My oldest granddaughter passed her driver's test this morning and has been duly added to her parents' insurance. She will be driving, probably later today, in the car without one of us in the car with her for the first time.
And once again, we let her go a little more, let her fly a little higher.
We revel in the early first steps, crawling, walking. But even then, we have consequences. There's the trail of debris through the house as we hunt down the new walker. And other life lessons. When this same granddaughter was three something, she giggled and encouraged her little sister to walk just like the rest of us. Right up until same little sister could reach her big sister's previously inviolate crayons on the table.
"Hey!," she yelled, as much shocked as indignant, "she's getting in my stuff!"
By now, she sometimes raids her sister's stuff. So it goes.
I hope she remembers her first drive alone. I don't. I remember the weeks immediately after, but not that solo drive.
I remember her daddy, when he was seven, riding his bike to school the first time. I watched him pedal madly up the drive in his Cub Scout uniform, backpack in place, brown lunch sack swinging from his hand on the handlebars. It was a country town, lightly traveled road, a mile from the school. And my heart was in my throat. And he thrived.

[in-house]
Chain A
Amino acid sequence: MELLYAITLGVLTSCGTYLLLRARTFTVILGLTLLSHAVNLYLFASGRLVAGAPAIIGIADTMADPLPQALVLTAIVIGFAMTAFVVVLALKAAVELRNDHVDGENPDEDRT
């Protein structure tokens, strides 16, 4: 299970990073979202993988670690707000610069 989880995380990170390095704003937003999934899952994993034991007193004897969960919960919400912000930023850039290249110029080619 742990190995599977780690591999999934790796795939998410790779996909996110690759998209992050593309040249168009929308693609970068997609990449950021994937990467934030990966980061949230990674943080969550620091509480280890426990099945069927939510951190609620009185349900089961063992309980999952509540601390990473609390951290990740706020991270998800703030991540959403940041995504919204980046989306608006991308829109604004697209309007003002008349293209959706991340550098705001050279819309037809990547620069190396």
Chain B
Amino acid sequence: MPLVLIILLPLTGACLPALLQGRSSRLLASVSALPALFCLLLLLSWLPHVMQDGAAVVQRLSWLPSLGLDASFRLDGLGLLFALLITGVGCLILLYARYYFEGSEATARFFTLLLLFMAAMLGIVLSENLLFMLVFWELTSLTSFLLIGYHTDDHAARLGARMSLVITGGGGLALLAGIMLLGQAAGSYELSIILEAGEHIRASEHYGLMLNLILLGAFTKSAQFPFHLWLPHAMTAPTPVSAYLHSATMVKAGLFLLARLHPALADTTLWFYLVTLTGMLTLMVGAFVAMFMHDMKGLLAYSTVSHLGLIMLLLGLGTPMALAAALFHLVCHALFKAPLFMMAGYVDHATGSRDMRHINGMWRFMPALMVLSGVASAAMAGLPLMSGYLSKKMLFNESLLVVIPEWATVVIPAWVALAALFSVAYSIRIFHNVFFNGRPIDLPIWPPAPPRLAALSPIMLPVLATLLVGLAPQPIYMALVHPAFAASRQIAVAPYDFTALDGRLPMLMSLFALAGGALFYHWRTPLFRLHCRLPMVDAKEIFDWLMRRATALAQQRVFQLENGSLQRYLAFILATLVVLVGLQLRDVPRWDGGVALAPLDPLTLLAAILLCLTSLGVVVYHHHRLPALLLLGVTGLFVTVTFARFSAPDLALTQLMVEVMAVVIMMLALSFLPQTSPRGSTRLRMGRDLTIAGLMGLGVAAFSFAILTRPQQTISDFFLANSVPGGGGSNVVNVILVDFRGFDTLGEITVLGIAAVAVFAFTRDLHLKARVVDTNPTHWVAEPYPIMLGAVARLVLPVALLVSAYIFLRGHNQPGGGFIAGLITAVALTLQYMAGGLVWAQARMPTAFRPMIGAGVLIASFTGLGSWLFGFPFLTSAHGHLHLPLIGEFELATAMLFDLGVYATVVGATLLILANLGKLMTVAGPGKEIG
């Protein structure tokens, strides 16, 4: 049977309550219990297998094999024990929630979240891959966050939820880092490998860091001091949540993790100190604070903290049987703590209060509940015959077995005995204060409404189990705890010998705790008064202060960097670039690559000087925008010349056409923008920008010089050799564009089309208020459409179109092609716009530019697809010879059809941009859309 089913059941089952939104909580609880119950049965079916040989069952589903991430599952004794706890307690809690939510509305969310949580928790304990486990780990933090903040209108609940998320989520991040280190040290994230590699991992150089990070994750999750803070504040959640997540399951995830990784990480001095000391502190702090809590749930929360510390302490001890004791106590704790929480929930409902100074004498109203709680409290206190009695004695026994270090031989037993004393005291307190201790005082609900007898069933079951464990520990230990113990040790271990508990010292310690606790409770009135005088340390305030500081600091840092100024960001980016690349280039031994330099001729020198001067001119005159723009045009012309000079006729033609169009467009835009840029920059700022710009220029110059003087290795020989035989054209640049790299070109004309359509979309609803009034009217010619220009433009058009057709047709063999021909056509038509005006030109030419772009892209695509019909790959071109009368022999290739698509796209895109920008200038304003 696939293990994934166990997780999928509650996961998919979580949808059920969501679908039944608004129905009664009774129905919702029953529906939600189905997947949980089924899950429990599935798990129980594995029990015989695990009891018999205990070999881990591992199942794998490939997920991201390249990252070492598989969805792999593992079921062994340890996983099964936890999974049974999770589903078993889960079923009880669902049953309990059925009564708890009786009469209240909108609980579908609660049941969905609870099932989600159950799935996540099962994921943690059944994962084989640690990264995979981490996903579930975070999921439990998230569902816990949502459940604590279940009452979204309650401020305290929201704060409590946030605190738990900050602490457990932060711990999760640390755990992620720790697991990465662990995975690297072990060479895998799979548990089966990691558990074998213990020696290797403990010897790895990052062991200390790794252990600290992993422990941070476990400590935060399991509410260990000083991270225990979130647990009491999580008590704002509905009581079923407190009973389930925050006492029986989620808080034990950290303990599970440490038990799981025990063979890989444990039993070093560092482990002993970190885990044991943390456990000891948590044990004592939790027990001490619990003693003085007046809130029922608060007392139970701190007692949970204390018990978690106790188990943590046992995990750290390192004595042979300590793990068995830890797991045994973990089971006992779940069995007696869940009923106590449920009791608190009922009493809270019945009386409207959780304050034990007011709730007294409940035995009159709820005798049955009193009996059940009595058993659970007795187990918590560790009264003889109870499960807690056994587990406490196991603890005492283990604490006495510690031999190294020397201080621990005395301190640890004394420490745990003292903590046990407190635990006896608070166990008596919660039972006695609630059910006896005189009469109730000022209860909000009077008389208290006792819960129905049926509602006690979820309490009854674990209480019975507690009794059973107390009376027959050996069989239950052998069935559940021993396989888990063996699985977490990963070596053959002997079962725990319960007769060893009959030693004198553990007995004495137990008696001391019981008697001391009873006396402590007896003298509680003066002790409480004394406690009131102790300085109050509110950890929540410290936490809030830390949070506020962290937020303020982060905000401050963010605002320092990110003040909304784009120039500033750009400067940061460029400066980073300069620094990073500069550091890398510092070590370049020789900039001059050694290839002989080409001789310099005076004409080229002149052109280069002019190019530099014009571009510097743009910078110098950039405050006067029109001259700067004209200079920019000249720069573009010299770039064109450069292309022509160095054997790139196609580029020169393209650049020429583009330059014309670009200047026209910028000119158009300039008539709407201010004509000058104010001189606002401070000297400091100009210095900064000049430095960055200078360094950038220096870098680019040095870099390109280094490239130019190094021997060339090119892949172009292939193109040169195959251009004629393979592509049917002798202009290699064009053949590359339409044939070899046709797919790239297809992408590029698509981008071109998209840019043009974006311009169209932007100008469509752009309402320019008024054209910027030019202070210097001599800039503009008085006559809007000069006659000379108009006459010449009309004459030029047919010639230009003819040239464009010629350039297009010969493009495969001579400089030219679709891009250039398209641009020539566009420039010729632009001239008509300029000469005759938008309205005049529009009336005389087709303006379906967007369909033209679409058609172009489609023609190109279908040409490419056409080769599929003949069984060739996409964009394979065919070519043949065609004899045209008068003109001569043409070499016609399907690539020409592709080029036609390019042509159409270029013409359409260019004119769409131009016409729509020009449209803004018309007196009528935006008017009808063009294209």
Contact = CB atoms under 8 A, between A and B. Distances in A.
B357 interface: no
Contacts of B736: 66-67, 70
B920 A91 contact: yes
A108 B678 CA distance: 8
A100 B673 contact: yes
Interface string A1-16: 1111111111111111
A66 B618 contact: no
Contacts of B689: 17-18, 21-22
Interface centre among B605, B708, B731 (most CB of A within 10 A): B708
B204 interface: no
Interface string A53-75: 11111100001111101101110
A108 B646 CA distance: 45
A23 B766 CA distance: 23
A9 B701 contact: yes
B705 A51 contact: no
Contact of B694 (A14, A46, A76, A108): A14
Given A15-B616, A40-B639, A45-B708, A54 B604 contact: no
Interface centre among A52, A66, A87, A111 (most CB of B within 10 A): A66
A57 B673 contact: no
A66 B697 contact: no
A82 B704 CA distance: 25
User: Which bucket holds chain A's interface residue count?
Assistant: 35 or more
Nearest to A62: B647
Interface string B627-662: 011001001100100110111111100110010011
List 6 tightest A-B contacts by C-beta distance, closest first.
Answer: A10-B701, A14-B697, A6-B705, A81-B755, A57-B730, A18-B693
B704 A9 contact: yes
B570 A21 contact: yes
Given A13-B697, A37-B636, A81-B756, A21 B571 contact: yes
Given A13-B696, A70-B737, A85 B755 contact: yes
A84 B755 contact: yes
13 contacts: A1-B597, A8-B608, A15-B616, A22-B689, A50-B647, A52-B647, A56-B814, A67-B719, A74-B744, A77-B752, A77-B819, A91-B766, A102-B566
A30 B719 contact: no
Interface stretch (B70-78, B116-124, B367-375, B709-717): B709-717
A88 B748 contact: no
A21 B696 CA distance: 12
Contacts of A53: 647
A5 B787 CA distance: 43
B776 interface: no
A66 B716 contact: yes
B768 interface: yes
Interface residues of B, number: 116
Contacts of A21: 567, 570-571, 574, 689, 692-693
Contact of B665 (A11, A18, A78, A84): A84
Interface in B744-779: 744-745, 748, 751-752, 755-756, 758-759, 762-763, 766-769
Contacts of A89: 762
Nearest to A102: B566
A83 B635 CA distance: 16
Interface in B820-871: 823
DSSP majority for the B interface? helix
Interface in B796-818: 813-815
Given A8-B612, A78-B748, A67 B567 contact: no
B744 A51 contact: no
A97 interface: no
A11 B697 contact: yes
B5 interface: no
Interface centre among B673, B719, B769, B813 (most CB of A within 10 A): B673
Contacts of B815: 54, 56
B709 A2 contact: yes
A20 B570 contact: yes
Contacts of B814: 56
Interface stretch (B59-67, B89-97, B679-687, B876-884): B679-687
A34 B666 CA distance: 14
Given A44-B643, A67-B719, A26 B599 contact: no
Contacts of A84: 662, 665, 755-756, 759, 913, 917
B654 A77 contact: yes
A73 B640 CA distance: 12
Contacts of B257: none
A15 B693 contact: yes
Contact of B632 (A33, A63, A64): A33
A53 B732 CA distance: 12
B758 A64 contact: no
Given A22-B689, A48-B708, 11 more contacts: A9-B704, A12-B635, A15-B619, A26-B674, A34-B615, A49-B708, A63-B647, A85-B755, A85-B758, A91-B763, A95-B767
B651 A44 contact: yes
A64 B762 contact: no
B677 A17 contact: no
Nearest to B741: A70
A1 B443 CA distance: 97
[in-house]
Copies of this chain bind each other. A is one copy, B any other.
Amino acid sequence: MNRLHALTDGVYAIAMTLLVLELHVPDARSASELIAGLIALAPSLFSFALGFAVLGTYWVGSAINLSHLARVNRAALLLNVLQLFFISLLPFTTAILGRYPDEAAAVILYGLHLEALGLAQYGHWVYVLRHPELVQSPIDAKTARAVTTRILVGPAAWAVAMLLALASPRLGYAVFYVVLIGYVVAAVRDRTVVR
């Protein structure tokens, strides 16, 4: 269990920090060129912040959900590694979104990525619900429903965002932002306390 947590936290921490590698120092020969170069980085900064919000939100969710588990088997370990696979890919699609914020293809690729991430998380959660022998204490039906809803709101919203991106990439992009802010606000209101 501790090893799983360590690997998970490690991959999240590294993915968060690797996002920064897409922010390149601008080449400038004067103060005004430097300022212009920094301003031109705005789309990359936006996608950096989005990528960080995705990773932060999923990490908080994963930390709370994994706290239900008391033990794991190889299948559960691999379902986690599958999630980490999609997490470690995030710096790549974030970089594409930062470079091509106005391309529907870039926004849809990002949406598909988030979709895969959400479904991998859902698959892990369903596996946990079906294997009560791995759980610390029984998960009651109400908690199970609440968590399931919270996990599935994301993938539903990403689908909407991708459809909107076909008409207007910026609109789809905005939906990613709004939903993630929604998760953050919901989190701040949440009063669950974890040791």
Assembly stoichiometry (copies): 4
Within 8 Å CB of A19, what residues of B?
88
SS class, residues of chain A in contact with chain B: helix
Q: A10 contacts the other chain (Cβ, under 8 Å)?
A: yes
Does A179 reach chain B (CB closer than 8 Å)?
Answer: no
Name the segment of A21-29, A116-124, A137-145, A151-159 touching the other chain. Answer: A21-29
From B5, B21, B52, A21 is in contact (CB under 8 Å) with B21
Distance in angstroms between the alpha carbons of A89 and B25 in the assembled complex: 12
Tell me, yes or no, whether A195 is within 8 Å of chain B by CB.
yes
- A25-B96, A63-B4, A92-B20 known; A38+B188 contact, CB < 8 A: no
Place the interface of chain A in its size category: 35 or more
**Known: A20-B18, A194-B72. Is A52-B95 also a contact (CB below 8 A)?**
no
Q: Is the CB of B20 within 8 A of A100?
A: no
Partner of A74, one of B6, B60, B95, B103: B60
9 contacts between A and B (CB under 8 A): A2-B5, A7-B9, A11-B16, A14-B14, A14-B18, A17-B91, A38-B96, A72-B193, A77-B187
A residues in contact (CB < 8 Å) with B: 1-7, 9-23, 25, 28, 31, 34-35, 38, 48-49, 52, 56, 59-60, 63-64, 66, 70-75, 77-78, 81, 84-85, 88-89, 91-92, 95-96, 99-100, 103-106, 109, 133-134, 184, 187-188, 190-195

I lived in a small town, too, but surrounded by mountains. My father was upset when he learned I had driven the old family car up and down a 40-degree incline on a mountain road--with cliffs on part of it--one day as part of a summer job I held. He had been meaning to repair the brakes. No problem, I assured him, I just put the car in a lower gear.
And so it goes.
No wonder the thought of guardian angels persists as we see ourselves, and our young ones, survive certain catastrophes over and over again. Catastrophes that, after all, never happen. Maturation and growth automatically opens us to greater risk.
Tonight, we have a family dinner of the bunch of us to celebrate the birthdays of two of us. New beginnings for them, and new beginnings for the new driver among us.
Anticipation of the year ahead and good food. Lots of love. Sounds like a winning combination to me.